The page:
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Headed to a casino this summer? Here’s what to expect.

The El Cortez was one of the first casinos in Las Vegas to use acrylic dividers at the table games. The casino rolled out some measures that will stay in place even after the pandemic resolves. (Ethan Miller/Getty Images)
correction

An earlier version of this story stated that the Beau Rivage Resort & Casino in Biloxi, Miss., reopened on July 1, 2020. In fact, it reopened on June 1, 2020. The story has been updated.

It was my turn to shoot, so I leaned over the craps table and scooped up the dice. It felt good; it had been more than a year since I’d been inside a casino. I looked at the expectant faces of my fellow players, channeled all the luck of the past pandemic year into my fist — and someone sprayed Windex in my face.

Okay, it wasn’t actually in my face. It was the cleaning crew working on the other side of the plexiglass separating me from other players. For me, that was a new take on the “cooler,” someone dispatched to interrupt a successful roll, as seen in the William H. Macy movie of that title.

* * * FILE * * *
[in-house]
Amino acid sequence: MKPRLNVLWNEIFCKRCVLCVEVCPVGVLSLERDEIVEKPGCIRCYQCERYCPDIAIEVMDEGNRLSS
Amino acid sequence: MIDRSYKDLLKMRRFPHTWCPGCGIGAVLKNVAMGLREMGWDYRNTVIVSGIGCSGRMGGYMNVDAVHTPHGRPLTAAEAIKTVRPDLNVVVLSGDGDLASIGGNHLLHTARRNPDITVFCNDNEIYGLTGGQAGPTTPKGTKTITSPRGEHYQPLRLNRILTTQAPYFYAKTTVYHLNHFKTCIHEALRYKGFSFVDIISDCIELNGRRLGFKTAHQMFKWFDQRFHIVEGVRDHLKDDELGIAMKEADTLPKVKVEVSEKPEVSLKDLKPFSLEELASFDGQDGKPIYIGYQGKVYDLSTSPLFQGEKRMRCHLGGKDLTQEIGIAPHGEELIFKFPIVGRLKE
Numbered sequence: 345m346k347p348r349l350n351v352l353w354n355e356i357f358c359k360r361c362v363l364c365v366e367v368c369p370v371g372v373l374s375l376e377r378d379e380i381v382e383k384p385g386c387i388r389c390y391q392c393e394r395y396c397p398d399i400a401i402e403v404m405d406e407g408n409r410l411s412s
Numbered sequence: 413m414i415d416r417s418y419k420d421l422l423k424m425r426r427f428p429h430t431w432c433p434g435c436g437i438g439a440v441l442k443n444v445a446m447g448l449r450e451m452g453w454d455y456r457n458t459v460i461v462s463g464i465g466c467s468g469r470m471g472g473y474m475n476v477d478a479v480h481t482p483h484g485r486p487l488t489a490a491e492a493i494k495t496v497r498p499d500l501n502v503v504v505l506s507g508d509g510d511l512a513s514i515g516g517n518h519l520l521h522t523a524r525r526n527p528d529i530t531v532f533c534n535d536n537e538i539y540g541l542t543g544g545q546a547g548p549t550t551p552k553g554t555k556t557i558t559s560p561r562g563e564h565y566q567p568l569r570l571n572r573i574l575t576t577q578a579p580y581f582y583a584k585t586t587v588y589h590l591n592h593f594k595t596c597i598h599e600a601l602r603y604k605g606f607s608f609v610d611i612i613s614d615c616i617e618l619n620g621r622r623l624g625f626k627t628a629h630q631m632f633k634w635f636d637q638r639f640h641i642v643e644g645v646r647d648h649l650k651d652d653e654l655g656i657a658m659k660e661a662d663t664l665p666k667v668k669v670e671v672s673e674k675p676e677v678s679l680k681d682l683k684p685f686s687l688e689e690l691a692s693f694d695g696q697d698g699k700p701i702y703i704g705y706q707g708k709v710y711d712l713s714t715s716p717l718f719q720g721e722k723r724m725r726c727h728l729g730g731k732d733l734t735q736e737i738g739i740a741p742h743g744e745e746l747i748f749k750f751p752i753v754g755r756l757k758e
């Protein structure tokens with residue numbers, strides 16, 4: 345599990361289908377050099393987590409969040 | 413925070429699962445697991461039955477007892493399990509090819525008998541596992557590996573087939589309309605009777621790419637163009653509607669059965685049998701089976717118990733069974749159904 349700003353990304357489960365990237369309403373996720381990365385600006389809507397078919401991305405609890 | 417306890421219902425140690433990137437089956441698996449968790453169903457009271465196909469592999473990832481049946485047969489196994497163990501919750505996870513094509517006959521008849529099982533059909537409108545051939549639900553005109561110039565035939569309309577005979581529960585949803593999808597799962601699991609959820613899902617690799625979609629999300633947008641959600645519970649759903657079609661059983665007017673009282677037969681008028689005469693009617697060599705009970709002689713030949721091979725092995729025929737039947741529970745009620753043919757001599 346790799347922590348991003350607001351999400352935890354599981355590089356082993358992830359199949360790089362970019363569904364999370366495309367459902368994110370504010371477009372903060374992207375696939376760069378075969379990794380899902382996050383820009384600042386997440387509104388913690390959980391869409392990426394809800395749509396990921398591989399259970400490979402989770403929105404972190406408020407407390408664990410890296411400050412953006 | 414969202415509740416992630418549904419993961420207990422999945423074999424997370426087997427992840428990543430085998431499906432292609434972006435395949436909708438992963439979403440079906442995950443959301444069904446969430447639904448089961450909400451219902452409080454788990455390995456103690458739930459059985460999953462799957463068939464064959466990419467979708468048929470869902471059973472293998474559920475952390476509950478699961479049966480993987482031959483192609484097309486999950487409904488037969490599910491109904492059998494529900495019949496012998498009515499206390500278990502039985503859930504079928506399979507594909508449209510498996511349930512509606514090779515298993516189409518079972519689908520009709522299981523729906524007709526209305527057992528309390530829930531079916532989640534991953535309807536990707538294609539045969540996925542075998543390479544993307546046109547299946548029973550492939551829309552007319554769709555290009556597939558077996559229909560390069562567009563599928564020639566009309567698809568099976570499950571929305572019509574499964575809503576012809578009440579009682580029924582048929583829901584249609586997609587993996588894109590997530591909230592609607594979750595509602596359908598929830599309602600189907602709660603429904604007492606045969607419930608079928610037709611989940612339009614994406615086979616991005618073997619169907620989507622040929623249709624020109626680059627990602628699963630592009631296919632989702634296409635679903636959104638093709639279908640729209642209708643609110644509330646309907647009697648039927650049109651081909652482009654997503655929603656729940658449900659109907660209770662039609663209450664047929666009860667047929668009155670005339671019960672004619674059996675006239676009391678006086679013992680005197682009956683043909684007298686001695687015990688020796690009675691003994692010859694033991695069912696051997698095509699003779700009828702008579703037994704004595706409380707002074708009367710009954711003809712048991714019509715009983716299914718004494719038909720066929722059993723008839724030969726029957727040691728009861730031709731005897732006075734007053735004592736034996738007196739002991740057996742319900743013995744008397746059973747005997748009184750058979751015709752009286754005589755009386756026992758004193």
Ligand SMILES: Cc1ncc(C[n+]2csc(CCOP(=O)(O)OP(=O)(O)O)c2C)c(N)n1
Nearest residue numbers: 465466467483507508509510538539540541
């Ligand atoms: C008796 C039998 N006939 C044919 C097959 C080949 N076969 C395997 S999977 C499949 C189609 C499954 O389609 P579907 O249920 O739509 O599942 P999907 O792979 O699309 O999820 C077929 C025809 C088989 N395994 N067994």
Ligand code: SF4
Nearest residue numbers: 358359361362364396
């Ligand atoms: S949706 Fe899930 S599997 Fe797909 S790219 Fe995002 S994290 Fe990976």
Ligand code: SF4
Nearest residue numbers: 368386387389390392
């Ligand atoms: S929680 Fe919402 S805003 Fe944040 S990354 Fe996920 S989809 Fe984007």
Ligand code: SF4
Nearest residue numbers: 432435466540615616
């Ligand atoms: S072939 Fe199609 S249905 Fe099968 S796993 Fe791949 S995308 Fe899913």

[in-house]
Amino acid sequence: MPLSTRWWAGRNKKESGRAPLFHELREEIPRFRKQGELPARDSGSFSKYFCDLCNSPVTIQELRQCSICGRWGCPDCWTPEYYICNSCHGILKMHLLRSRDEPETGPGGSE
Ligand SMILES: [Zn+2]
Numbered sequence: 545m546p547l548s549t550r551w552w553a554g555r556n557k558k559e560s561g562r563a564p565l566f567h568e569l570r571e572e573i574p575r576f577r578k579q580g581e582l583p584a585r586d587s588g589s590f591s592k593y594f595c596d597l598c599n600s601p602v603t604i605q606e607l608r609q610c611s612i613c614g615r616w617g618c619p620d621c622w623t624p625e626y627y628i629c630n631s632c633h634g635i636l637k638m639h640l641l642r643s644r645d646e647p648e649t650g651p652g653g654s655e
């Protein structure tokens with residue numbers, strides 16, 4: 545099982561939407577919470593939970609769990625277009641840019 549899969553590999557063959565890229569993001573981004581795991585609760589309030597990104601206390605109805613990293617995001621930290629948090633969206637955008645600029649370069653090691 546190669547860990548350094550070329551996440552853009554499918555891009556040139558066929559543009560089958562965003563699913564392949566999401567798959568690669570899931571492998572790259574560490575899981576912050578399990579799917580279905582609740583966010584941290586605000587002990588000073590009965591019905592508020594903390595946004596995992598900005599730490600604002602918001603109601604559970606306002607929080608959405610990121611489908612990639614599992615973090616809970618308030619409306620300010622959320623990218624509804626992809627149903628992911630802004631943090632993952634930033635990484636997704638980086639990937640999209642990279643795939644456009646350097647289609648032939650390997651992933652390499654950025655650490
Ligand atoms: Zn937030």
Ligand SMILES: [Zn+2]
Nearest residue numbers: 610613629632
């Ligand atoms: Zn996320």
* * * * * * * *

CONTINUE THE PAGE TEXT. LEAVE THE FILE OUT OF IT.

Over the past year, casino staff have been strategizing ways to keep playing fun while enforcing safety measures. Although slot machines provide a solitary gambling experience, table games like craps are communal endeavors in which everyone’s financial success is intermixed, and thus everyone roots together, cheering good rolls — or falling into glum silence or a dispirited roar when the shooter sevens out. So can the game continue when players are separated by plexiglass dividers, and masks hide smiles? Absolutely, yes.

As a vaccinated individual, I braved the wilds of the Grand Sierra Resort and Casino in Reno, Nev., in early April to see how pandemic measures have affected the gambling life. This prototype of Vegas’s MGM Grand, now owned by the Meruelo Group, was then thriving, with its 50-lane bowling alley (open), two-screen movie theater (open) and 2,700-seat theater (open for pod-based, masked seating). More recently, masks and social distancing have become optional for vaccinated individuals. The hot tubs remain closed for covid restrictions, but otherwise business is back with nary a shrug — with a healthy dose of sanitizing and disinfecting.

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At the Beau Rivage Resort & Casino in Biloxi, Miss., the tallest building in the state, employees have been used to sudden closures from hurricanes; Katrina shut the facility down for a year. So the March 17, 2020, covid-19 closure wasn’t entirely a new situation. “But this was different because of the precautions we had to take,” says Thembi Morris, a dealer with 22 years of experience who was pulled off a dice game for our interview. He’s been with the Beau Rivage since Day 1 in 1999; he calls craps “the best roller coaster in our amusement park.” He mentioned that each employee had to be rehired and undergo temperature checks and a brief covid training. “It was reassuring. Other casinos didn’t go to these measures.”